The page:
In the latest episode of the Lockout podcast series we look at the development of new unionism at the turn of the 20th century. This was the trade unionism of Connolly and Larkin(“Larkinism”), focused on unskilled workers, that had its roots in the radical working-class struggles of Britain and America. We profile Cork-born American labour leader Mother Jones who was one of the eras most famous trade unionists and a cofounder of the Industrial Workers of the World.
Before it reached Dublin in 1913 new unionism had swept across the island of Ireland. The podcast takes a look at the 1907 Belfast dock strike – a cross community struggle of Catholic and Protestant workers – and interviews NUI Galway labour historian Dr. John Cunningham about some of the other flashpoints in the south – Wexford in 1911, the Galway lockout of 1912 and Sligo in early 1913.
We conclude by discussing why it is important to see the 1913 Lockout in Dublin in its context, as part of a new international wave of militancy and organisation among workers in the western world. What is the relevance of new unionism for us in 2013? While there are many differences there are also similarities – the rise in unemployment and casual labour; the ossification and decline of trade unions; the need for a reinvigorated mass movement of workers to fight back against bosses.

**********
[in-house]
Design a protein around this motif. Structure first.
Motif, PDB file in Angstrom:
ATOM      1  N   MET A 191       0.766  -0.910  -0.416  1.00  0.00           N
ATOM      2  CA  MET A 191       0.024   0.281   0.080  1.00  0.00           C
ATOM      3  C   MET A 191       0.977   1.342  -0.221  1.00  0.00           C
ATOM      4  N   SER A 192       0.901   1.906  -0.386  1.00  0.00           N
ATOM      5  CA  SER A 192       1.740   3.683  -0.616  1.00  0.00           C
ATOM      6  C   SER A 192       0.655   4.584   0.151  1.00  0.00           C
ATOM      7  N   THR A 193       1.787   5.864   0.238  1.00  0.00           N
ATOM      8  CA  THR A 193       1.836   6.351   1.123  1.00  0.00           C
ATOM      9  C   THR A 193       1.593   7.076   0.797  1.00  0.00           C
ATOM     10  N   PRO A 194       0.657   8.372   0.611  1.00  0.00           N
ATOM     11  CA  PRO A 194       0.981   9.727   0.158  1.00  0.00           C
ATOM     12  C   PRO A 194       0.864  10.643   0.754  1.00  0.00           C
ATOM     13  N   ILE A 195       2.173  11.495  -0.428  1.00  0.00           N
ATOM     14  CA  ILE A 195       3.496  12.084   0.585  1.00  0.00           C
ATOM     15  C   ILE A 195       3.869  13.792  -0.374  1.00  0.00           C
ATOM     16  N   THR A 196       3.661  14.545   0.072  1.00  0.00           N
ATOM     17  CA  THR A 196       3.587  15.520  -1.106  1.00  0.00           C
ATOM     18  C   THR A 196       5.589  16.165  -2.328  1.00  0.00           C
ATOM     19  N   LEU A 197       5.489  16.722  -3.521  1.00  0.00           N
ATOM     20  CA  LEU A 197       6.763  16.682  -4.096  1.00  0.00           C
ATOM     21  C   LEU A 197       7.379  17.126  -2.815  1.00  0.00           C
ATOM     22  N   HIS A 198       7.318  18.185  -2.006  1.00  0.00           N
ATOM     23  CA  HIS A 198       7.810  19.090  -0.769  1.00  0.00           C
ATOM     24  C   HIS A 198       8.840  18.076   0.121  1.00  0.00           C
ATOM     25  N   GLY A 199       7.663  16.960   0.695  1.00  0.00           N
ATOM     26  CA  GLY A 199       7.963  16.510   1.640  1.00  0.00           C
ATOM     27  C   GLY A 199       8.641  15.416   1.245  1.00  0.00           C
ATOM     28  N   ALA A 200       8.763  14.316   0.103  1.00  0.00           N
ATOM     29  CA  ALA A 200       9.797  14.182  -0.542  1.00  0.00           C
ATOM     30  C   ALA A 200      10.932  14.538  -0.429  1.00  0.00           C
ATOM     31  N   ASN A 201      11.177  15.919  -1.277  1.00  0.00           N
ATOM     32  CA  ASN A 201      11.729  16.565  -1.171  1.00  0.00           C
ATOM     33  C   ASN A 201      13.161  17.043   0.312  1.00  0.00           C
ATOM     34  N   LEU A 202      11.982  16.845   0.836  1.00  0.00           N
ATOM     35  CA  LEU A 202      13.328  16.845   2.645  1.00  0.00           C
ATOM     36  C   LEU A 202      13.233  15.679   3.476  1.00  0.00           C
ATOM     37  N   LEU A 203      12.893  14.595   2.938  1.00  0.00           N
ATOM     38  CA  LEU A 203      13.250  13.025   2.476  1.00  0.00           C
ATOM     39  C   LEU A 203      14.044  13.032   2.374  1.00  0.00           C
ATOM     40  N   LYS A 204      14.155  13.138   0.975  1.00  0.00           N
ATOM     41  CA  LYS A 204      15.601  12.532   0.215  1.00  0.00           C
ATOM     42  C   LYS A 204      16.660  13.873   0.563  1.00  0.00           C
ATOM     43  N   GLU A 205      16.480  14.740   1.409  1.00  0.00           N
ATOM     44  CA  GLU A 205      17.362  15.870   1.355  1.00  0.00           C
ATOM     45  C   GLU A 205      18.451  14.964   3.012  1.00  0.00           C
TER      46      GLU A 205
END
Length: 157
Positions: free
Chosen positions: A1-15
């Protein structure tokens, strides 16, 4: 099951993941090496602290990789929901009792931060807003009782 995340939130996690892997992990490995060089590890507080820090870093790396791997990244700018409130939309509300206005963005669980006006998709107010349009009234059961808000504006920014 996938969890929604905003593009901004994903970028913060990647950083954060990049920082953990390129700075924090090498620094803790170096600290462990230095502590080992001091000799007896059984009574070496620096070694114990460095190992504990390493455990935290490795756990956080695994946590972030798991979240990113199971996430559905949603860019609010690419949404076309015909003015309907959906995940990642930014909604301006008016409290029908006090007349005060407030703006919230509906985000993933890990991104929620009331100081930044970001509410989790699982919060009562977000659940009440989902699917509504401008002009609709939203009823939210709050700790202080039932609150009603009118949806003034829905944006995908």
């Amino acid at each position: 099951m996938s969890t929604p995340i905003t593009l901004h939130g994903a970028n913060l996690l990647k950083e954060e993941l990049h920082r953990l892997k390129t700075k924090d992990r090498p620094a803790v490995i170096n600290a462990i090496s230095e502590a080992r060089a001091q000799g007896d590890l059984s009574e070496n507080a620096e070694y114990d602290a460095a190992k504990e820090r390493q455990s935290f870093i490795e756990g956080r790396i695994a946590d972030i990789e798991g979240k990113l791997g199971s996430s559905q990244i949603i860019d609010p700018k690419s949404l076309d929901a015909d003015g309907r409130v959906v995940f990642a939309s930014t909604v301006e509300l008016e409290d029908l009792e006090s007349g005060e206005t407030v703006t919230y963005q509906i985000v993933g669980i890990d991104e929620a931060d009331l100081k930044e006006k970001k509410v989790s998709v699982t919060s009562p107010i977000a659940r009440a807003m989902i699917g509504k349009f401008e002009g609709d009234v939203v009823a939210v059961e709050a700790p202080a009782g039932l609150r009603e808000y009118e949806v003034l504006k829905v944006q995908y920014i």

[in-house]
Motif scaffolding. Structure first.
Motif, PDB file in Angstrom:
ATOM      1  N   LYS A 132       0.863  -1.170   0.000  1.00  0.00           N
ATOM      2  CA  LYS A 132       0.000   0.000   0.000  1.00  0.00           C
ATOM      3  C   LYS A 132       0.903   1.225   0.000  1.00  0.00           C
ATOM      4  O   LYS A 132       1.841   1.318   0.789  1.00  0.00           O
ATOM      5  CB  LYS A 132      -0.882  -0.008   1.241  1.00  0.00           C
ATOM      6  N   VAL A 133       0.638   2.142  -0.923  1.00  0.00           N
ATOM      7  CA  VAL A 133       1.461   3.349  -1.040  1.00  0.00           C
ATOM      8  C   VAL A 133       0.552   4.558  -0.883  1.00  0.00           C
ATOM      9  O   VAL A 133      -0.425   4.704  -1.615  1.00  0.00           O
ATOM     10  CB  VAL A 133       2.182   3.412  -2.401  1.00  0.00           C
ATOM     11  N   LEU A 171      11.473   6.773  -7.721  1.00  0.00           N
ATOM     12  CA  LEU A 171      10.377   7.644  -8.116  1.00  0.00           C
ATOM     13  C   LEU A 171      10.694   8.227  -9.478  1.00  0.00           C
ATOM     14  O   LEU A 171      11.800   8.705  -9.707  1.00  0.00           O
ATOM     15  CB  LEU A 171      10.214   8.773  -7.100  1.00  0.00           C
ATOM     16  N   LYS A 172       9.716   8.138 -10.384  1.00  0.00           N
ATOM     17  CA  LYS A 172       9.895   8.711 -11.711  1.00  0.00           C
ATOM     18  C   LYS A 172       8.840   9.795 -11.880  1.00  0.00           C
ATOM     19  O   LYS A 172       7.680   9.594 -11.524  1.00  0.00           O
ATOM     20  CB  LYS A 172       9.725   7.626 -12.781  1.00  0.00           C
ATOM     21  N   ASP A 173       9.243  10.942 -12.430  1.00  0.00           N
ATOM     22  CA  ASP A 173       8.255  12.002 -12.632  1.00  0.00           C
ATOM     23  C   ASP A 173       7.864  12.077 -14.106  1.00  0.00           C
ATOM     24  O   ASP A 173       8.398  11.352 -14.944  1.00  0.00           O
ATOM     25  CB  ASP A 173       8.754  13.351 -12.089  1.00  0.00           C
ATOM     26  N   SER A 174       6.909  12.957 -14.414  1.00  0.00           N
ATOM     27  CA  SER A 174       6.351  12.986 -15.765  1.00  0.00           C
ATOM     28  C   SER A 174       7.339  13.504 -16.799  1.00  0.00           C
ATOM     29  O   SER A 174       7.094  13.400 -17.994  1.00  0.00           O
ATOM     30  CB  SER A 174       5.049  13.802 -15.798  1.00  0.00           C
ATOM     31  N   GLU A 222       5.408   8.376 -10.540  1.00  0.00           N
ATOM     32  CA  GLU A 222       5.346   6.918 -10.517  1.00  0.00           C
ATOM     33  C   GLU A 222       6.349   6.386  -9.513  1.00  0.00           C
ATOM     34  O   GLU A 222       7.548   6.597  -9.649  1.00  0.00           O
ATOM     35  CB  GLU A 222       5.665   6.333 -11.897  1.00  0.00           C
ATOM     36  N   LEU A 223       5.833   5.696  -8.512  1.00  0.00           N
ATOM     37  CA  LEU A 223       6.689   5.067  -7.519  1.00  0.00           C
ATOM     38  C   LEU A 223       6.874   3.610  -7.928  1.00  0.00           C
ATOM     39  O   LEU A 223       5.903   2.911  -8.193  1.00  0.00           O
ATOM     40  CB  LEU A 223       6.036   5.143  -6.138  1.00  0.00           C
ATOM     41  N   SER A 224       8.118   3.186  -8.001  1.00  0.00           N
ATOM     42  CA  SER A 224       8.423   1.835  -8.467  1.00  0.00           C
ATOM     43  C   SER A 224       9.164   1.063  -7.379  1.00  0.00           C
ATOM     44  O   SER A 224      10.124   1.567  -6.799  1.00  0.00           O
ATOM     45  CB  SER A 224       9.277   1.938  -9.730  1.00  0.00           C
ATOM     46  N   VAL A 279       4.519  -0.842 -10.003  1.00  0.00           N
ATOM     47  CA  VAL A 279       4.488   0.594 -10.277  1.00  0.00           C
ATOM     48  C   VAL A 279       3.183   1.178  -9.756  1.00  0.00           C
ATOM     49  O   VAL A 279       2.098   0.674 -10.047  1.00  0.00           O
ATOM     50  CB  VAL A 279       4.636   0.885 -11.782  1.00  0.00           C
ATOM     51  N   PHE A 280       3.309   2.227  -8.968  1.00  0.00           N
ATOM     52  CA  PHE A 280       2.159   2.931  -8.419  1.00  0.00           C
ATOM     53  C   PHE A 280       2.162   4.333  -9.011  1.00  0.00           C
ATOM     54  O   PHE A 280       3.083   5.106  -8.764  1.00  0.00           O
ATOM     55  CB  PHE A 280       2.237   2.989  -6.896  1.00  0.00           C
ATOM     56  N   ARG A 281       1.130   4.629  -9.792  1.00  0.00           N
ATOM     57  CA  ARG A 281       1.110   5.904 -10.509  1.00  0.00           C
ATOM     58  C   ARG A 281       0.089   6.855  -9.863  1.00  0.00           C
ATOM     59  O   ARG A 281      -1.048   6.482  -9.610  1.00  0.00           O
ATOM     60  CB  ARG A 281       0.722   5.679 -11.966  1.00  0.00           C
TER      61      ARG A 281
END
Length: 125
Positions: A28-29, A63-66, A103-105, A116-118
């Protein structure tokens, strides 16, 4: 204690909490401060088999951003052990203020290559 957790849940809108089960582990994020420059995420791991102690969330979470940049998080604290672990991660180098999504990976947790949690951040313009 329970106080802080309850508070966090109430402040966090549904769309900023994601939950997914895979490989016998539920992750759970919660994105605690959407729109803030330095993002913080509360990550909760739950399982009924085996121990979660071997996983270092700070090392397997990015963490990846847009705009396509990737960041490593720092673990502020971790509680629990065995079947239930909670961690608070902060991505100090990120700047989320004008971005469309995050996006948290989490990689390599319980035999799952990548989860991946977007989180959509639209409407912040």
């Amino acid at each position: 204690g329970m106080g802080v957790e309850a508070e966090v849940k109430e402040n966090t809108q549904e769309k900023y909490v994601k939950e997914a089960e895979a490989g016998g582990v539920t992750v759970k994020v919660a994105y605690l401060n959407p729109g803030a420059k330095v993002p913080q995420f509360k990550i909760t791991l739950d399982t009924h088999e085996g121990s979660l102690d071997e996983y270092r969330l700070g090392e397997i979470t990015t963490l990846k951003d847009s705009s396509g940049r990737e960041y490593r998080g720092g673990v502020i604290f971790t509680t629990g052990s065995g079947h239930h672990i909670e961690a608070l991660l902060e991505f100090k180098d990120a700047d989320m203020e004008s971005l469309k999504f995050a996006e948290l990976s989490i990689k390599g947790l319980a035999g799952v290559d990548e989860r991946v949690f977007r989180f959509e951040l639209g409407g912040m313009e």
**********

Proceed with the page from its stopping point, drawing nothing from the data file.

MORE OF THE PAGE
We leave off where the next and final 1913 Unfinished Business podcast will pick up – how can workers organise today to meet the challenges we face?
Contributors: Moira Murphy, Fiona Dunkin, Ronan Burtenshaw, Shane Fitzgerald, Eoin Griffin and Jen O Laoire.
Produced by Moira Murphy and Thom MacDermott.
With thanks to John Cunningham and Connolly Books.